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A striking original Abstract Expressionist oil
on canvas painting, by B. Sender, c. 1950’s
“Abstract expressionism is the term applied to new forms of abstract art developed by American painters such as Jackson Pollock, Mark Rothko and Willem de Kooning in the 1940s and 1950s. It is often characterised by gestural brush-strokes or mark-making, and the impression of spontaneity.”
-Tate Modern Museum, London, UK
We couldn’t say it better ourselves, so we let the great Tate Modern Museum define it for us. This beautiful bold painting is right square in the bullseye of American Abstract Expressionism. No, it wasn’t done by Jackson Pollock, Franz Kline or Mark Rothko and no, it doesn’t cost twenty million dollars. What it does do is provide a perfect window into and most eloquent expression of a powerful uniquely American art movement at a uniquely American place (New York City) and dynamic and energetic time, the late 1940’s-50’s.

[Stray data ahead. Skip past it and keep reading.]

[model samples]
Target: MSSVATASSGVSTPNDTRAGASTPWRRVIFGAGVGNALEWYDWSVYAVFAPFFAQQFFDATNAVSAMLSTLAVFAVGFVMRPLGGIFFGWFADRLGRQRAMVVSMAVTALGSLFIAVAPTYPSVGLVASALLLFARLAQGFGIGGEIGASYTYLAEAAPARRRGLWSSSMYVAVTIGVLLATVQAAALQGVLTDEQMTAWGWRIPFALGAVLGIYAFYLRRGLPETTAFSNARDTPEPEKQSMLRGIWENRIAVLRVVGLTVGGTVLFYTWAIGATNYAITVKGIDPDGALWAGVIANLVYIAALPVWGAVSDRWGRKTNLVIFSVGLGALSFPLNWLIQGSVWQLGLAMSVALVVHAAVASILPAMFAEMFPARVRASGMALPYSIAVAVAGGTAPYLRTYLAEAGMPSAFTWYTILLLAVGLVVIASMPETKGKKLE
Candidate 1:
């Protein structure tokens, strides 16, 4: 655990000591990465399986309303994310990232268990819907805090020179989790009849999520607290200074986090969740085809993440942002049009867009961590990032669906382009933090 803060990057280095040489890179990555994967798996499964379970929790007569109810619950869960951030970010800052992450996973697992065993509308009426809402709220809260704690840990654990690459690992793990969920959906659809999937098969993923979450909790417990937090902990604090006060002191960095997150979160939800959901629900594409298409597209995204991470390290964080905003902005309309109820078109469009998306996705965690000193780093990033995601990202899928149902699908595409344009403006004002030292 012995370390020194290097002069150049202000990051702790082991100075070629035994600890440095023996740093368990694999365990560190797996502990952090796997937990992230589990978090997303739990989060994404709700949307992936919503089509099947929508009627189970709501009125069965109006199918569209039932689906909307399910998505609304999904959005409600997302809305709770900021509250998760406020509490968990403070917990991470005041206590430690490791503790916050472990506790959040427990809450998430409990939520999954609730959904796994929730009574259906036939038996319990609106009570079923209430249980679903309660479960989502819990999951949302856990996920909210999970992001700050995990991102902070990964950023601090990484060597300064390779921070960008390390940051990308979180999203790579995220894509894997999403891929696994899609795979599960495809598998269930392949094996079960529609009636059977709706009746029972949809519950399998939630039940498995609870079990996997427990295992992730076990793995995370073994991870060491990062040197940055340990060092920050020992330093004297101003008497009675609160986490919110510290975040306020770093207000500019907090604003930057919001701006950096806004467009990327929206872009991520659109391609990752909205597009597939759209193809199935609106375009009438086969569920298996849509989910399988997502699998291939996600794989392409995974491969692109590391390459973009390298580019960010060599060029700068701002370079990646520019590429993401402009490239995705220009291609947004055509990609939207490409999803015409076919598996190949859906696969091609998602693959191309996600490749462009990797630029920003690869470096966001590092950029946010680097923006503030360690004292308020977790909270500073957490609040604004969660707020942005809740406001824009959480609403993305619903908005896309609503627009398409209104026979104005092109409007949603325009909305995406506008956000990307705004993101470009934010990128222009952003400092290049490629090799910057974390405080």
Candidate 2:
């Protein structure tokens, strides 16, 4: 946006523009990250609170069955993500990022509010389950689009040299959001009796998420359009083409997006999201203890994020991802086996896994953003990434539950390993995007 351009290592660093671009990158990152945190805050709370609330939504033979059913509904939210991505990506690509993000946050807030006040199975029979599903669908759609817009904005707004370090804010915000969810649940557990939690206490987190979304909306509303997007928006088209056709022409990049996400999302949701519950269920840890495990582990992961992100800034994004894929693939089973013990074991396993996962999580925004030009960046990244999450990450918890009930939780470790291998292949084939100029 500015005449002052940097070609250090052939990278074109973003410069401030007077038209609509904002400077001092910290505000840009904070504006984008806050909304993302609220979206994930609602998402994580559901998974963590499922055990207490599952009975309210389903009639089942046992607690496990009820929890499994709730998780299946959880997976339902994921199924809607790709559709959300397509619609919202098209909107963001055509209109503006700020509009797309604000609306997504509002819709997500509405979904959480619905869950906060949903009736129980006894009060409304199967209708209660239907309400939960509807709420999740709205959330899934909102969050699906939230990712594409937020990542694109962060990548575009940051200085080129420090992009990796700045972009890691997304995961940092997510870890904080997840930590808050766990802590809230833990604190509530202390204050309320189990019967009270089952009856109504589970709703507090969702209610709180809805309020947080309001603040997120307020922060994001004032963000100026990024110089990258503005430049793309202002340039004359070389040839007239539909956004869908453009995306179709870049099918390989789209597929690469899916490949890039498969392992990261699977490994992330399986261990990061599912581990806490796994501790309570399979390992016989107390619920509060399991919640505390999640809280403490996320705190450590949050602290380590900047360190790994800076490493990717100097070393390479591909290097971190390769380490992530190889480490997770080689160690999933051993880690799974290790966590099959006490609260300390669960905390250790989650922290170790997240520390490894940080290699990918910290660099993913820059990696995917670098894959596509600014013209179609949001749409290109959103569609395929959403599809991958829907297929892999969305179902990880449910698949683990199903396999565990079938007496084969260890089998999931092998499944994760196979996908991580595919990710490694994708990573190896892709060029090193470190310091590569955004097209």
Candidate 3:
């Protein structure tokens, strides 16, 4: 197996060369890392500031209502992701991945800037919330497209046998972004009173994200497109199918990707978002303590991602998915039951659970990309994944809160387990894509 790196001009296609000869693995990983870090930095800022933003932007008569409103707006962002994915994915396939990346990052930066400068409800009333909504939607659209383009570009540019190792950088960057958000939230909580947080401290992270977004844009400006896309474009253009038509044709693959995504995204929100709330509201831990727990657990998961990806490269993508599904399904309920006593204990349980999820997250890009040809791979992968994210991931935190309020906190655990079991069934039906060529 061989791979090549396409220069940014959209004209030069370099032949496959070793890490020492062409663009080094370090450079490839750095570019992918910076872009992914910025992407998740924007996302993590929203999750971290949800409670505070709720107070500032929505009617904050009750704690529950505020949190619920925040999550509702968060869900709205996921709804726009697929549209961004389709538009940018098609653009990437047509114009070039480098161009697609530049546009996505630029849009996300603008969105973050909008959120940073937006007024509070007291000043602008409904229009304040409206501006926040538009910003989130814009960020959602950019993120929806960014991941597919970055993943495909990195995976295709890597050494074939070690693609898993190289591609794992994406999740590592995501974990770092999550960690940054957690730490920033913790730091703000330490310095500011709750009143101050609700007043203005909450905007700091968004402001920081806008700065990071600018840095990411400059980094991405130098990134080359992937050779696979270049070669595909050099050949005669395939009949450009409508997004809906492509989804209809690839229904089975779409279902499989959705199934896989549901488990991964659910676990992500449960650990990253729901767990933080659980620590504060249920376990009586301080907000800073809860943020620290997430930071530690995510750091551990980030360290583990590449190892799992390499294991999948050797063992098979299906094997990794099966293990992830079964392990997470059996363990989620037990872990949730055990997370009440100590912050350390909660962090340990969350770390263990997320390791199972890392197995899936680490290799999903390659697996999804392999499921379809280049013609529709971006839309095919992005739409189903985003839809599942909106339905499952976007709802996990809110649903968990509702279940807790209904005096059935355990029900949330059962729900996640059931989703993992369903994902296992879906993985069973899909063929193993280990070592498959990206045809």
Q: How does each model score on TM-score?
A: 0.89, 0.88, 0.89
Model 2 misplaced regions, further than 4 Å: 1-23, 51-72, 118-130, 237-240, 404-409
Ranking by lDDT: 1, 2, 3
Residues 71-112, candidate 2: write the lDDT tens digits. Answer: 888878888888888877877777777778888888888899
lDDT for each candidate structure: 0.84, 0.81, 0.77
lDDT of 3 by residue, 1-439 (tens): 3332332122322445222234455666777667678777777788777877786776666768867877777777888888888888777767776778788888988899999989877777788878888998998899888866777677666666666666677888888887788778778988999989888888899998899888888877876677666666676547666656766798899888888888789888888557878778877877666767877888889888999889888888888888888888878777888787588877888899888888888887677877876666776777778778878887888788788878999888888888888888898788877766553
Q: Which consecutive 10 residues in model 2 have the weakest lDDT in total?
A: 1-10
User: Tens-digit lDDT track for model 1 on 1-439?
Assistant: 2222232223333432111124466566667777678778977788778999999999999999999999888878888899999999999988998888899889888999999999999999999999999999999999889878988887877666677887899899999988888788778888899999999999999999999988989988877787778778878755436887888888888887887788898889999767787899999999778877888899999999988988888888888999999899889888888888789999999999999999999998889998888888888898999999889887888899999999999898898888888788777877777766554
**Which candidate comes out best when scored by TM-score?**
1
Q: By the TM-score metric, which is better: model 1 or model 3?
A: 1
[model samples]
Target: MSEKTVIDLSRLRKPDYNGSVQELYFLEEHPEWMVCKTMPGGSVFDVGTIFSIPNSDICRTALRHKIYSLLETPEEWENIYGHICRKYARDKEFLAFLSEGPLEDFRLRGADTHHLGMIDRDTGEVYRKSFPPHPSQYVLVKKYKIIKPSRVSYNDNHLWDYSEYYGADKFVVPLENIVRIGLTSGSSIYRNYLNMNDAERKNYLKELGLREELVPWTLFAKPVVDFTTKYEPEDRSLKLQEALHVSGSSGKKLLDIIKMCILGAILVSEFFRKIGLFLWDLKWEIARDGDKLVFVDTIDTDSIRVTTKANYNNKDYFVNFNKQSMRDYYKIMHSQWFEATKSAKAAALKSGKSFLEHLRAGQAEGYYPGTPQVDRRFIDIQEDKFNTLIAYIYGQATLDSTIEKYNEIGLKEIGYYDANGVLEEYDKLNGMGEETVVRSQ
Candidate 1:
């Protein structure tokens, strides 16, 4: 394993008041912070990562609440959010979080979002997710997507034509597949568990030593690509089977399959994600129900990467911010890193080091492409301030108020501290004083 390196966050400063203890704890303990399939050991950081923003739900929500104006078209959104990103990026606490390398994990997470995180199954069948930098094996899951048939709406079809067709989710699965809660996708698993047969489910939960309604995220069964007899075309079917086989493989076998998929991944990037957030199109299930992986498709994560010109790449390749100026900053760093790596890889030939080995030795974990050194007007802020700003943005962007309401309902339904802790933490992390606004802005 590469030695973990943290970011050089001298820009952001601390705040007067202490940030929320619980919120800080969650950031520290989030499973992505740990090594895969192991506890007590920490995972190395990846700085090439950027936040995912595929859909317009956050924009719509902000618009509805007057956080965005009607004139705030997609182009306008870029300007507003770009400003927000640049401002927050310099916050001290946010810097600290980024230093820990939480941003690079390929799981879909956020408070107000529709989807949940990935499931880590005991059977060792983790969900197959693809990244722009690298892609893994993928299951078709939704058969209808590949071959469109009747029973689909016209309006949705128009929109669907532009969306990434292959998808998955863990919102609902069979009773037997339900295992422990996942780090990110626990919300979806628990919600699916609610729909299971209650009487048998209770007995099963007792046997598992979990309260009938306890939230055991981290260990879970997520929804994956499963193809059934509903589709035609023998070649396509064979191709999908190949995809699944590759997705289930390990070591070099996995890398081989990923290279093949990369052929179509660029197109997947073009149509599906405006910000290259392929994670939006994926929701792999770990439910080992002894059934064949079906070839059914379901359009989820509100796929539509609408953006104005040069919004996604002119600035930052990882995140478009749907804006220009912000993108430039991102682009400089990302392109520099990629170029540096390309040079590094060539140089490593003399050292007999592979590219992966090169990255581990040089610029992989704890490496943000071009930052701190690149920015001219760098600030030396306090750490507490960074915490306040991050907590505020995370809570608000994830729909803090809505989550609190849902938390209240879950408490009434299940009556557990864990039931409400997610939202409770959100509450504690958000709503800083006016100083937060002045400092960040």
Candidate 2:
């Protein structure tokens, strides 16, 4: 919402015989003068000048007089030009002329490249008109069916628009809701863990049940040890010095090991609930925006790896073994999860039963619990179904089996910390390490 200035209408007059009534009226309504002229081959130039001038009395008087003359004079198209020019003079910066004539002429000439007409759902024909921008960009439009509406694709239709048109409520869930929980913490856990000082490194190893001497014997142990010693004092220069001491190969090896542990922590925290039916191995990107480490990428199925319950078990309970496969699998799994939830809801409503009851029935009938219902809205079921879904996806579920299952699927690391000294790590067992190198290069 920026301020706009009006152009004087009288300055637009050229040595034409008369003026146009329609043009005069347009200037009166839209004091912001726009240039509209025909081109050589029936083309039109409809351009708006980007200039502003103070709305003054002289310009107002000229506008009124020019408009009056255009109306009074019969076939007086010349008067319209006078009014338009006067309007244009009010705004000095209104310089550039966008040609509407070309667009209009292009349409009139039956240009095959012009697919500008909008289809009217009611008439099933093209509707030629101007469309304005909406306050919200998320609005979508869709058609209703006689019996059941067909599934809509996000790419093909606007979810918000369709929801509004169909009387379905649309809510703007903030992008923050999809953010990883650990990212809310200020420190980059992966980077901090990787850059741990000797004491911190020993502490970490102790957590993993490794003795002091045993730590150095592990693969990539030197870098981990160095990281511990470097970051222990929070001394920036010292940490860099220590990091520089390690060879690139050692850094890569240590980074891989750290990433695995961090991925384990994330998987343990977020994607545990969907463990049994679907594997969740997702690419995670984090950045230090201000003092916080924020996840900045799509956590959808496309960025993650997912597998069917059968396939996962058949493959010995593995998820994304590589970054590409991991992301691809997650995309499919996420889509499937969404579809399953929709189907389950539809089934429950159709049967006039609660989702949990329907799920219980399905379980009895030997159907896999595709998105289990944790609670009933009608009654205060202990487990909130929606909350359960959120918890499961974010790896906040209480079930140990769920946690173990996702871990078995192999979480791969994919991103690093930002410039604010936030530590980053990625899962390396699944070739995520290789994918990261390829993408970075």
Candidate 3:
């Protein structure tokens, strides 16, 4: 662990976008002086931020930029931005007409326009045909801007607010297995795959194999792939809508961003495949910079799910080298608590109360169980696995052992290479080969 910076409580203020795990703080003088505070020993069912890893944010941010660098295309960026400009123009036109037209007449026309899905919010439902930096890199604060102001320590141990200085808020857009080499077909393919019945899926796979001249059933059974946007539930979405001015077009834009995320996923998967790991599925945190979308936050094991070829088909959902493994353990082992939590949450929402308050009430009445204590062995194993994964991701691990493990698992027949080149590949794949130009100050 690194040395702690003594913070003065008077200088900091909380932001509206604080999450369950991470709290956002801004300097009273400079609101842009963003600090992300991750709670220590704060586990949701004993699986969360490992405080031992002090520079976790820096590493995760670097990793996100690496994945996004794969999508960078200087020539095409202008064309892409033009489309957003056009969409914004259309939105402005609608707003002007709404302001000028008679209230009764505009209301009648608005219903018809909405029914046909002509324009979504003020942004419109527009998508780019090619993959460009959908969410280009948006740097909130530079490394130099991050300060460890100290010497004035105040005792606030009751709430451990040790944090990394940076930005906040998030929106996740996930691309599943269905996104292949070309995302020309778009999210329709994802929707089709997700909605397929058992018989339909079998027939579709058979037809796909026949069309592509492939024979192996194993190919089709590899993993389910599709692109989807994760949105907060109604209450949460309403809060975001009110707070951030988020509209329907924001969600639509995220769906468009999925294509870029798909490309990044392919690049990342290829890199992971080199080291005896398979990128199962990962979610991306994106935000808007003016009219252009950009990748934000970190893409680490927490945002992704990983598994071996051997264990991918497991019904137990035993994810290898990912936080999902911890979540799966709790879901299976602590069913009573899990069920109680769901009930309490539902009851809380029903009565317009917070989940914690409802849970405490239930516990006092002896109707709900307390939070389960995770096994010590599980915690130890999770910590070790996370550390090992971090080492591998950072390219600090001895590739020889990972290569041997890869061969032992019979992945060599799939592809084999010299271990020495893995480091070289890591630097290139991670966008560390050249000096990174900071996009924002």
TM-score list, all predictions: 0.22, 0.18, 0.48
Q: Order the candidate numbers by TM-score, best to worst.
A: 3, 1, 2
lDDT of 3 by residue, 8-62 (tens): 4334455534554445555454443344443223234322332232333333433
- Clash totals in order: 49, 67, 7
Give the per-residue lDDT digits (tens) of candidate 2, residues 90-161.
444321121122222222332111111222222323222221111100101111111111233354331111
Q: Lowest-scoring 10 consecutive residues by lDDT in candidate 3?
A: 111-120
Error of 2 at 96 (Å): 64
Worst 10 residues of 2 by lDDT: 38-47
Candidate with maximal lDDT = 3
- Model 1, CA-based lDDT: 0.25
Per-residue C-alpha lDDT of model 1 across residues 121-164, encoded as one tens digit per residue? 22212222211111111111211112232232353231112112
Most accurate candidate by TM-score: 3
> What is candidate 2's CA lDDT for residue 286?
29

At left, Willem de Kooning, Museum of Modern Art, New York. At right, Franz Kline, Metropolitan Museum of Art, New York.
Unfortunately, we can find no published reference at all to this unknown and unsung artist, “B. Sender” but the work itself shows that he or she was clearly an accomplished artist with a strong highly-developed visual sense. The vigor and dynamism and power of the brushwork and the bold saturated color palette convey a feeling of great energy and enthusiasm as does the marvelous textural appearance and feel of the deeply impastoed thickly layered paint surface.
The painting measures a nicely-sized 35” by 24 3/4” and it is in excellent original condition with a small amount of cracquelere which is to be expected given the thickness of the applied paint. Examination under Ultraviolet light reveals no evidence of restoration or in-painting. The painting is nicely and simply framed in its original period plain wood slat frame in the style favored by many of the Abstract Expressionists.
In our opinions, a painting such as this represents one of the art world’s great remaining attainable values, 80% or so of the visual “Bang” so to speak of comparable pieces by the Modern art world’s biggest names, Willem de Kooning, Franz Kine etc. at a microscopic fraction of the many many millions of dollars most of their works now command.